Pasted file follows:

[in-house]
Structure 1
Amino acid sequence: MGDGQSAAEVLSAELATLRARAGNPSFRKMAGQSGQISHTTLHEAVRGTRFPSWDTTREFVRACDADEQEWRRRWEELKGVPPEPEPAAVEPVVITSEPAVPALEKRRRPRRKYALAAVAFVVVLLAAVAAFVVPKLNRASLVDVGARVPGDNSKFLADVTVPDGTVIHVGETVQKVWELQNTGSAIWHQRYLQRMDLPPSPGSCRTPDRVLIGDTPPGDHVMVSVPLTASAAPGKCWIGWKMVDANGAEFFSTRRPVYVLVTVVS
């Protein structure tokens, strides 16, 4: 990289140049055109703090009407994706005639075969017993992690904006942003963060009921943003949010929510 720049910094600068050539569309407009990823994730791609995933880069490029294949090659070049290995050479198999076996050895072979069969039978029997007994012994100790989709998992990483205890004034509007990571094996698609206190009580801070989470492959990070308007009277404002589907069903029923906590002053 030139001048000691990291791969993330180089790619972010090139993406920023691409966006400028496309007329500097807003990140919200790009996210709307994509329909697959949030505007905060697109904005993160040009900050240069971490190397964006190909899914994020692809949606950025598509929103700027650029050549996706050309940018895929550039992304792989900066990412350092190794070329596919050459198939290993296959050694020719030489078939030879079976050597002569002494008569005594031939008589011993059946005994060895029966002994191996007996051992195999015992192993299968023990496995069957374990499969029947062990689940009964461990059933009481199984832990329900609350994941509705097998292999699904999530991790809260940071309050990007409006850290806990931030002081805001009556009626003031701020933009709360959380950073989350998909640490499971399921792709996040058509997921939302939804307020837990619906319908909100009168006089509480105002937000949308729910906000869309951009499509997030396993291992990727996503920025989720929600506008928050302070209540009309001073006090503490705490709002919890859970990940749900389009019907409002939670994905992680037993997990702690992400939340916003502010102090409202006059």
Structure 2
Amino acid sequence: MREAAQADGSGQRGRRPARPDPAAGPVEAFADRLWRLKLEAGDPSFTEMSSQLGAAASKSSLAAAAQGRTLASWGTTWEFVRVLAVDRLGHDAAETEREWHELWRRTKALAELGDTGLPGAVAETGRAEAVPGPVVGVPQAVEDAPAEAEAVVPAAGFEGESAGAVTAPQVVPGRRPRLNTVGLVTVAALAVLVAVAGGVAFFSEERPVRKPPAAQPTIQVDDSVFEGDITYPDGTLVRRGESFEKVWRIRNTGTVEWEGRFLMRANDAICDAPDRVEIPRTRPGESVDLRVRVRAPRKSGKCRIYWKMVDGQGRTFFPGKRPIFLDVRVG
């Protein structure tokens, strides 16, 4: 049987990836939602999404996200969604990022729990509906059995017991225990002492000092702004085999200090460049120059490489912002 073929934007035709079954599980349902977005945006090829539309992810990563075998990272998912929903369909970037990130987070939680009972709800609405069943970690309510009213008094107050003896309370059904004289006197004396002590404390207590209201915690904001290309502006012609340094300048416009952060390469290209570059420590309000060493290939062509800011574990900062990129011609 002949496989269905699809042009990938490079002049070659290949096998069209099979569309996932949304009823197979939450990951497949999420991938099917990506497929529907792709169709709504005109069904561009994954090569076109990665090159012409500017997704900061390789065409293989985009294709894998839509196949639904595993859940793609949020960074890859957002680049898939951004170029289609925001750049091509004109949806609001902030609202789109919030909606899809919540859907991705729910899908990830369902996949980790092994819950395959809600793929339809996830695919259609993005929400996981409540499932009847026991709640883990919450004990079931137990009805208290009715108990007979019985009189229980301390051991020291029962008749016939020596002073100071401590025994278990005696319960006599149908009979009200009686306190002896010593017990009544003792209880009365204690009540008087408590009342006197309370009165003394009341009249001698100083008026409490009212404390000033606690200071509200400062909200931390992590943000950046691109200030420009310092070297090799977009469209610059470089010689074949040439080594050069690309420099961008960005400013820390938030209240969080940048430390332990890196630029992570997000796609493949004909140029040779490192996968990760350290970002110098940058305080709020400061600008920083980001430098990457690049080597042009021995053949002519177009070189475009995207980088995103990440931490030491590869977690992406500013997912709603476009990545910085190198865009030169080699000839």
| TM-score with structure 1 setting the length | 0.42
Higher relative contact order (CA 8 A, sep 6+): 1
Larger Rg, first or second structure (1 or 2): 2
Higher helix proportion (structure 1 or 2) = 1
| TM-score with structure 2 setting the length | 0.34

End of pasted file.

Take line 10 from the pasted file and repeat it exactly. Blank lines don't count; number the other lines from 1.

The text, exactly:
Larger Rg, first or second structure (1 or 2): 2